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|Common name:||Common ragweed, wild tansy, hog weed, Roman wormwood, wild tansy, bitterweed, mayweed, hay fever weed, black weed, Roman wormweed, annual ragweed.|
|Botanical name:||Ambrosia species, esp A. artemisiifolia. A genus of over 40 species.|
|Origin:||They are native to the temperate regions of North and South America. Ambrosia spp. were imported to Europe during the mid 20th century as contaminants in seed. Ragweed is only known in N.Z. as a casual and seed impurity, but is commonly found in Australia. They prefer dry, grassy plains, particularly along riverbanks and roadsides. They often thrive in disturbed soils, such as on vacant lots.|
|Description:||The plant has fine, soft hairs on the stem and on both sides of the leaves. They vary in colour from light green to greenish- magenta. Depending on the growing conditions, it can grow from between a few centimeters to over a meter in height. The flowers are very small, yellow-green in colour. Each plant is reputed to be able to produce over a billion grains of pollen over a season. The plants bloom in the northern hemisphere from mid August until cooler weather arrives. On dry windy days, the pollen will travel many kilometers.|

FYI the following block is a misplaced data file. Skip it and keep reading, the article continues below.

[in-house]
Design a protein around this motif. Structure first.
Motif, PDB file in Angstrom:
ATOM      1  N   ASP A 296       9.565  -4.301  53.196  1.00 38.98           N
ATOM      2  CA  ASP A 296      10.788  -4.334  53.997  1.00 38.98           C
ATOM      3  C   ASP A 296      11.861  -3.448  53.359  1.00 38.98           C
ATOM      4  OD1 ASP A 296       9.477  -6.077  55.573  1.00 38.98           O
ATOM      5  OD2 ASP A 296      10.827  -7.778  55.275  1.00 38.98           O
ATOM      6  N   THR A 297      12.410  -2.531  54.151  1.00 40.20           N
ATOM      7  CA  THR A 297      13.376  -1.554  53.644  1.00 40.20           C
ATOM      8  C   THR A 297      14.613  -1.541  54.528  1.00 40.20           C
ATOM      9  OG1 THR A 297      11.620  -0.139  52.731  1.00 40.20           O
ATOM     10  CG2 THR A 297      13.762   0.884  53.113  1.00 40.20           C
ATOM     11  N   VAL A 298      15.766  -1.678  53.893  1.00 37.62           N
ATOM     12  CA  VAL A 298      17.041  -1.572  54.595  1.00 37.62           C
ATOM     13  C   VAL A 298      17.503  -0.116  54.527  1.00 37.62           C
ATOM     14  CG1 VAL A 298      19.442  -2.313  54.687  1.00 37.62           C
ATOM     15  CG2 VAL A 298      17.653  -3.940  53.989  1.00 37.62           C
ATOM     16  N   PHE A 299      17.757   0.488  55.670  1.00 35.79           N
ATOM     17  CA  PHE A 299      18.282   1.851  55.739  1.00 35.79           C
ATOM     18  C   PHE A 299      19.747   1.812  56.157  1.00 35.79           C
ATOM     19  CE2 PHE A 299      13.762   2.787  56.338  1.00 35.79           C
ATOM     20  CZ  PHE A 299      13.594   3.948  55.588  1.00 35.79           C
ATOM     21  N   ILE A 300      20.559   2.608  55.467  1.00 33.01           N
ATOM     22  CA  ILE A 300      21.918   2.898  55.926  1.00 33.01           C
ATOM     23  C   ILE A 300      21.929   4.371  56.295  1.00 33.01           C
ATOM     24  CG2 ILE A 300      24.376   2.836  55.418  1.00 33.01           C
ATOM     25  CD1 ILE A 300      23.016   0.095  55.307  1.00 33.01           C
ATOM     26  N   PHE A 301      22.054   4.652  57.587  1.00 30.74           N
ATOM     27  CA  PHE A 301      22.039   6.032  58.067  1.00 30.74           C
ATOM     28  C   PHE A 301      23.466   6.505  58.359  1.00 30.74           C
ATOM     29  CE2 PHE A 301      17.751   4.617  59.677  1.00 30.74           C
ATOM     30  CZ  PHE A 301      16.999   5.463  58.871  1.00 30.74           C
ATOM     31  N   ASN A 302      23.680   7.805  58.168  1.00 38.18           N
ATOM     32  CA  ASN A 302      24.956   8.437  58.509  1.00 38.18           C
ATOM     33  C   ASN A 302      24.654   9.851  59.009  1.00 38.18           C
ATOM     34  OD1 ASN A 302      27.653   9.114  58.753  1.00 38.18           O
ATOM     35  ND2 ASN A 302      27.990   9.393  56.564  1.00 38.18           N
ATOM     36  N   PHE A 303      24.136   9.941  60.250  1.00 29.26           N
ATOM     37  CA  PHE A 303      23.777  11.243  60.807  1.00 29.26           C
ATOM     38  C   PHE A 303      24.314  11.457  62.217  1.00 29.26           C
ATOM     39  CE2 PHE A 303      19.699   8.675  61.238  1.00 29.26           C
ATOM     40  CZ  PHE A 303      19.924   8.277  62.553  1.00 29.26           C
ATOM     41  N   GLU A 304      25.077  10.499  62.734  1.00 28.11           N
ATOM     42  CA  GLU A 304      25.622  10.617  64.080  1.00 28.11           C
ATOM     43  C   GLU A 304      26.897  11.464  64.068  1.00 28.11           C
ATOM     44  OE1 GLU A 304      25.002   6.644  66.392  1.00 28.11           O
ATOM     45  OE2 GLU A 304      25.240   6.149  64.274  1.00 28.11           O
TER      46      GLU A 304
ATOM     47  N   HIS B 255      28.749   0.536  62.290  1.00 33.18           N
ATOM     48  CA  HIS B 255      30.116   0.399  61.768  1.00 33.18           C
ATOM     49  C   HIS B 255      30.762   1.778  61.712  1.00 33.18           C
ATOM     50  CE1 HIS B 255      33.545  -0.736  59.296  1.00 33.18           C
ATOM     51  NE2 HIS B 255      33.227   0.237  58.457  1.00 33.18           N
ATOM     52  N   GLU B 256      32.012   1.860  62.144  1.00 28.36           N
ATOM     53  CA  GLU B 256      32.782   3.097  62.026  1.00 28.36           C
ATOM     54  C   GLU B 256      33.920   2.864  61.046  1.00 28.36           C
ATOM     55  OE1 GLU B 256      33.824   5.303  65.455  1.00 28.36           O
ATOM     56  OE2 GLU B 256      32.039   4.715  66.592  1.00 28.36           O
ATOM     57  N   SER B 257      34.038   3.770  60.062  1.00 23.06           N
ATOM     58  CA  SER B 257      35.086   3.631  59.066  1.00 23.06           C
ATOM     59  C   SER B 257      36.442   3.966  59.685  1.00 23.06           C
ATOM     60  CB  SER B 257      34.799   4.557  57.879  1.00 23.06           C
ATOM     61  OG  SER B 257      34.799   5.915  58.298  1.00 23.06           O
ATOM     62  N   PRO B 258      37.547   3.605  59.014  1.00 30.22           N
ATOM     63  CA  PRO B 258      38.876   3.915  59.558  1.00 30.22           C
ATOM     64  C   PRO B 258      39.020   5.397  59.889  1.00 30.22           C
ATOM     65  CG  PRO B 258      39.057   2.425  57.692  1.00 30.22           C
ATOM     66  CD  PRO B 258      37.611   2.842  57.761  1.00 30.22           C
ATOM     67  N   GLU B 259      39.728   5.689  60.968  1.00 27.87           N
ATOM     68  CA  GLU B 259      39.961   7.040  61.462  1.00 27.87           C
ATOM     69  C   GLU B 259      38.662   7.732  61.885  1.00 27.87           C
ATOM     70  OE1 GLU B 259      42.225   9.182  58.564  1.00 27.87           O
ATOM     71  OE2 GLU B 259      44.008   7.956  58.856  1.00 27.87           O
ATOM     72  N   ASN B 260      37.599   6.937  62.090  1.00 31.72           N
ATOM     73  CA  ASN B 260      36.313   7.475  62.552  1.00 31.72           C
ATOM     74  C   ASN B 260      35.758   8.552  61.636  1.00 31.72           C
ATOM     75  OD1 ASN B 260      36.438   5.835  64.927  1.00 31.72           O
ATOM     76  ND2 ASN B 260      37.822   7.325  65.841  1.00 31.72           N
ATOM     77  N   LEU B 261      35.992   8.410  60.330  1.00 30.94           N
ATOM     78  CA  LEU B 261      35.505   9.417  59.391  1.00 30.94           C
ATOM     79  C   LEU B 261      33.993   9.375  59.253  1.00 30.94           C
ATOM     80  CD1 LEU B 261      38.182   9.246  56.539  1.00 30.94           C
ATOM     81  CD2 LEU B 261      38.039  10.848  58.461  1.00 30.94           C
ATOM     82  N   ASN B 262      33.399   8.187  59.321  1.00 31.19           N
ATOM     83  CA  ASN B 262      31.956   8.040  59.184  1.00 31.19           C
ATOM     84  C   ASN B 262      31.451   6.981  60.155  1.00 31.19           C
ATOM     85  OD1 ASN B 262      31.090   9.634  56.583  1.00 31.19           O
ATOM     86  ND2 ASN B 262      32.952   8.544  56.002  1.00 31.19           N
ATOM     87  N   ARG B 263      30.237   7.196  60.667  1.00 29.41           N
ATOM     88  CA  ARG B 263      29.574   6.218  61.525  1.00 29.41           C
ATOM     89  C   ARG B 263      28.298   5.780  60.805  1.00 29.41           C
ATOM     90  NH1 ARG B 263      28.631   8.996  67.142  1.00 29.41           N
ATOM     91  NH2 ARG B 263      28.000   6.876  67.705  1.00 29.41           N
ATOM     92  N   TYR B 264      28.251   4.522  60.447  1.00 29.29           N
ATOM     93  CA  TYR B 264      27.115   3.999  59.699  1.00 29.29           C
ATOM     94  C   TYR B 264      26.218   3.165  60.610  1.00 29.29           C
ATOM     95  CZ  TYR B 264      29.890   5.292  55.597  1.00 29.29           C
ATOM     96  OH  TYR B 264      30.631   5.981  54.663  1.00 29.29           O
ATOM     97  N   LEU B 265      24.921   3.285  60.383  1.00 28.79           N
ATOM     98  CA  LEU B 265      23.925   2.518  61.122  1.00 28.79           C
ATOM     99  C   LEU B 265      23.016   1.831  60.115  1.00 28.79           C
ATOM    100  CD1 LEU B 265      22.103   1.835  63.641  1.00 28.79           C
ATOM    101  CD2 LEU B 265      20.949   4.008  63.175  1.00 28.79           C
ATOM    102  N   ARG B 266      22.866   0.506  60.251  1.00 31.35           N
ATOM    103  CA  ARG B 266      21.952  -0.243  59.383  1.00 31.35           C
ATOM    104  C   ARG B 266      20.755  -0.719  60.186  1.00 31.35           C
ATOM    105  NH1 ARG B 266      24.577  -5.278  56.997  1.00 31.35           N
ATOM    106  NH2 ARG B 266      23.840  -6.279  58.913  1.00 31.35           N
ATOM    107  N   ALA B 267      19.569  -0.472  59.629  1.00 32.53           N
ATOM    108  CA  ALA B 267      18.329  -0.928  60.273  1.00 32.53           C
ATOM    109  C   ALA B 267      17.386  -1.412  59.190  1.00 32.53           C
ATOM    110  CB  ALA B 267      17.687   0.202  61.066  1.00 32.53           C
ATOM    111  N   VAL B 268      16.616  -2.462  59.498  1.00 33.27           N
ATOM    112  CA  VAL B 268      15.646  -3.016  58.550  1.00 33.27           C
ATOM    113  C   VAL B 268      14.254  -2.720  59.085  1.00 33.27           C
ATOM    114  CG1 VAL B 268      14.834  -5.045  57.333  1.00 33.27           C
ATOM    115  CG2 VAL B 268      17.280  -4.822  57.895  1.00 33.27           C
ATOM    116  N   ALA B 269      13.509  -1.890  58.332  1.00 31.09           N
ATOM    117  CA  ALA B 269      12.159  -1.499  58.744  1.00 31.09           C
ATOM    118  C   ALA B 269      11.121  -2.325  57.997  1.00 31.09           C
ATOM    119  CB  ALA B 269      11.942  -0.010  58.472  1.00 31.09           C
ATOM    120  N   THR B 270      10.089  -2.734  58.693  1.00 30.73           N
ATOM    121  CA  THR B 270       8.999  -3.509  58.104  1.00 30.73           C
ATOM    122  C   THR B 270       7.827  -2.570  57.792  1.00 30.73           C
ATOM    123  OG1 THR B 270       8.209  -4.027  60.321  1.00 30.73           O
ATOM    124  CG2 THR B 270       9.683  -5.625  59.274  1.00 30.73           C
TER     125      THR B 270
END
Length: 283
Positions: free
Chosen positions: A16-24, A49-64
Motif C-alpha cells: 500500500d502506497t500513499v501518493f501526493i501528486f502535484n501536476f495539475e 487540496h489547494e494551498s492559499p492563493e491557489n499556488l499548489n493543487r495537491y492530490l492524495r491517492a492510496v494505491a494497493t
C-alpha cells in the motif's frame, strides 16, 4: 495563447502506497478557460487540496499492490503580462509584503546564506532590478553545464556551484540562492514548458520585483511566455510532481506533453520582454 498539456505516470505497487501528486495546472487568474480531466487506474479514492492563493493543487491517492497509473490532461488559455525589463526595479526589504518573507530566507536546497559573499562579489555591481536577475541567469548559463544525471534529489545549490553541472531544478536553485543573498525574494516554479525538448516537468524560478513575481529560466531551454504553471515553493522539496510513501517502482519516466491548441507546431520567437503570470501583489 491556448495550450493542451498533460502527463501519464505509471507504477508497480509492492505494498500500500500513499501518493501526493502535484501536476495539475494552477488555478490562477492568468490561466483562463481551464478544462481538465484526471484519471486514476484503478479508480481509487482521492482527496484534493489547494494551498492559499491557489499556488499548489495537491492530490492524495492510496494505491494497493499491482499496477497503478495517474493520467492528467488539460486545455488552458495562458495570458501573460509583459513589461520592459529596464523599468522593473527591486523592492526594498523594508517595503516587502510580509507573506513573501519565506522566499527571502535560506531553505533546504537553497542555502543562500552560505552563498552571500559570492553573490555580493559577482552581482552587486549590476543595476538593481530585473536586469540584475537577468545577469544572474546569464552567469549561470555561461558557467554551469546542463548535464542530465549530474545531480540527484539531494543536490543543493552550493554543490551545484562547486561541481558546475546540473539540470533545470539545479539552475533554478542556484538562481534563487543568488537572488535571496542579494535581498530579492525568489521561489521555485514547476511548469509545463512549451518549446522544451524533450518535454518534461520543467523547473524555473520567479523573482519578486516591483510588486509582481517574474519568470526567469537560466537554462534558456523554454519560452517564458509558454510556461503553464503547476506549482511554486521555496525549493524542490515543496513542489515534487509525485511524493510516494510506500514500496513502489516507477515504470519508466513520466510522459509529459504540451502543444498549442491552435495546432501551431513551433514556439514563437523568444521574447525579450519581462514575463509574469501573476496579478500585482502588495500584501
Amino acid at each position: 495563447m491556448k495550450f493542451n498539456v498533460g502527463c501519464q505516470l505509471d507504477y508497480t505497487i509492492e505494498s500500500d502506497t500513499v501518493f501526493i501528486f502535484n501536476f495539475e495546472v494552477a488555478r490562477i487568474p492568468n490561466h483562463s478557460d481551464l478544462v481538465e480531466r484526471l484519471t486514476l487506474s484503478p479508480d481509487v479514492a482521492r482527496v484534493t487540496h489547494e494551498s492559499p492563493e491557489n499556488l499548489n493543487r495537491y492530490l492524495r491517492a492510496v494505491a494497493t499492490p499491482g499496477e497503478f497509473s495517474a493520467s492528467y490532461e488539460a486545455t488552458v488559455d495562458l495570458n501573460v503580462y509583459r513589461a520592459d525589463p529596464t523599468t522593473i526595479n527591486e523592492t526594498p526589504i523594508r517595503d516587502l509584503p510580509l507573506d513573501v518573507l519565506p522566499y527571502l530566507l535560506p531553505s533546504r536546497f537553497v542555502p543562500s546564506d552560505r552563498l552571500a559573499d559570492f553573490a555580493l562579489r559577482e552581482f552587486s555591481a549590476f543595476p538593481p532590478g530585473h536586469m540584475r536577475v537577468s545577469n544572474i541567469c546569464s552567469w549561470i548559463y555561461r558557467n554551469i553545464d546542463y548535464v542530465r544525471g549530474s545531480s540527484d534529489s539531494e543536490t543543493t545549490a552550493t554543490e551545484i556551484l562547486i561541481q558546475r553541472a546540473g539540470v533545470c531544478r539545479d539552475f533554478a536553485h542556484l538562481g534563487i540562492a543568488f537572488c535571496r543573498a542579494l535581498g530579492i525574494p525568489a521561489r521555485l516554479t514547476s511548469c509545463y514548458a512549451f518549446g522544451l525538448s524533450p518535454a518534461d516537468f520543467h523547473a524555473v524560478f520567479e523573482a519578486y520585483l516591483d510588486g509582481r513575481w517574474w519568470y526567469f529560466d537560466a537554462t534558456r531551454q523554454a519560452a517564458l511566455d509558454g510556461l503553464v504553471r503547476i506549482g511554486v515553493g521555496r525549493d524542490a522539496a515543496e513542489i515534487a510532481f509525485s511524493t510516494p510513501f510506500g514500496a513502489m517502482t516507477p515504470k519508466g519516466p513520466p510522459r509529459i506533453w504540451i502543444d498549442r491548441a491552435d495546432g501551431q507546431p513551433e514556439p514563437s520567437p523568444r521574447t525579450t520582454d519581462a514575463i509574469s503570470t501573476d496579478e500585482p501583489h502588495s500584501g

|Allergens:||The major hay fever allergen has been identified as a 38 kDa nonglycosylated protein. In addition, Ragweed contains Profilin and Calcium++-binding proteins. The skin allergens include a variety of sesqueterpene lactones.|
|Allergy:||Worldwide, ragweed is arguably the most common cause of hay fever. Two species, A. artemisiifolia and A. psilostachya are considered particularly noxious. Contact with the plant can also cause allergic contact dermatitis, particularly amongst gardeners and farmers. Contact with the plant can also cause allergic contact dermatitiss, particularly amongst gardeners and farmers.|
|Cross reactions:||Ragweed pollen cross react with almost all other compositea pollens, especially with mugwort pollen. The sesqueterpene lactones also can cross react with dandelion, goldenrod, sun flower, chamomile, and most other daisy-like flowers. Western Ragweed, naturalised to Australia, is reported to cross react with turpentine.|
|Other information:||The name of this genus is derived from the Greek word for “food of the gods’. Ragweed is a plant of concern in the global warming issue, because tests have shown that higher levels of carbon dioxide will greatly increase pollen production. When the humidity rises above 70%, the pollen tends to clump and is not so likely to become airborne.|
|Patch test:||Sesquiterpene lactone. Specific IgE to Ragweed pollens.|
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